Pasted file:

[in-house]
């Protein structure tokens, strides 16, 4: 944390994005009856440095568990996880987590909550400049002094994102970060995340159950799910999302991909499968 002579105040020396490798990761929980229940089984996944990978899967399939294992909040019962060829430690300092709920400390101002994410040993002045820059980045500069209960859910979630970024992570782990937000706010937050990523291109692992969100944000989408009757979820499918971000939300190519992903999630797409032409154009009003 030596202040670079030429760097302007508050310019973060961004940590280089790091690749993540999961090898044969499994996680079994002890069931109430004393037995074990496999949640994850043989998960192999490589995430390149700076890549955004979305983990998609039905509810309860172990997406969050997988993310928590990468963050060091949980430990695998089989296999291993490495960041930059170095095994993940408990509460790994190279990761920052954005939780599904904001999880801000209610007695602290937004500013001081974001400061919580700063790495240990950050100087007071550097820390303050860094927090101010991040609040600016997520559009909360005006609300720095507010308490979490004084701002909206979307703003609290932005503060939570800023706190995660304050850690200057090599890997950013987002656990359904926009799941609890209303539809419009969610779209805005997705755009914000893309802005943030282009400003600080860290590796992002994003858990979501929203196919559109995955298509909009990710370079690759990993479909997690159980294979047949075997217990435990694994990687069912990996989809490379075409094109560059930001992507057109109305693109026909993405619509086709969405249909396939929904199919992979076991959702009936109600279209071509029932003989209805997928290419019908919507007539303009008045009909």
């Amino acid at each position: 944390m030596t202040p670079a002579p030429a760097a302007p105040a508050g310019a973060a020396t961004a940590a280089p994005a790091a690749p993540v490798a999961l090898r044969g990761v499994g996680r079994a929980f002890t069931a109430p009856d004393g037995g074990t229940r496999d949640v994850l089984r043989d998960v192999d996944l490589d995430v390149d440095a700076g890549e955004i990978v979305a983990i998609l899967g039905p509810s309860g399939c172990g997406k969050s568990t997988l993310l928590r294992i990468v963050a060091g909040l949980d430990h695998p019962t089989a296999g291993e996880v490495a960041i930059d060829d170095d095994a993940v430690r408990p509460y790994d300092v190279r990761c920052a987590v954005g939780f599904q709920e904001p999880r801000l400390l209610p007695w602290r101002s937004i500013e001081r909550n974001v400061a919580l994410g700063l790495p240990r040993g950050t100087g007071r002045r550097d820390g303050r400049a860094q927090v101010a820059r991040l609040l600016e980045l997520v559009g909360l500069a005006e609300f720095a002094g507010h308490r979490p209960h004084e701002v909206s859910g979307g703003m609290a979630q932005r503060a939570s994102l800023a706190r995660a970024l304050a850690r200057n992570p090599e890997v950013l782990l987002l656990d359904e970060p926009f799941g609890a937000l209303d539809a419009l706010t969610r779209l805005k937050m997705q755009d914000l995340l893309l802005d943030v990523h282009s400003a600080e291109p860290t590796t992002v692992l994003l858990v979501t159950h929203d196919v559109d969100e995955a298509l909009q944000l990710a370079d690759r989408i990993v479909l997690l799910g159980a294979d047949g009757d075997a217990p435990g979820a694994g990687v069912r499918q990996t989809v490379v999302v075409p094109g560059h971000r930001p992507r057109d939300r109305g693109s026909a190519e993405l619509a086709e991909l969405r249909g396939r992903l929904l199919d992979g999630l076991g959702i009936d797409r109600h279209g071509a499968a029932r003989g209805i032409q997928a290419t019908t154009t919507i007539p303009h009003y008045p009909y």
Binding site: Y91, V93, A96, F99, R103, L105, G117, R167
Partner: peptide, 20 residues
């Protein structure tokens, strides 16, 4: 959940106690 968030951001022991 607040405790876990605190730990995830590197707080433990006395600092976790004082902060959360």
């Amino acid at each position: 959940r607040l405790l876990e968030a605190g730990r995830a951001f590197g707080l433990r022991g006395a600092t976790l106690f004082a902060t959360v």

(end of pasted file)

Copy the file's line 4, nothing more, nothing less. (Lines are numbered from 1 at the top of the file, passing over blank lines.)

Binding site: Y91, V93, A96, F99, R103, L105, G117, R167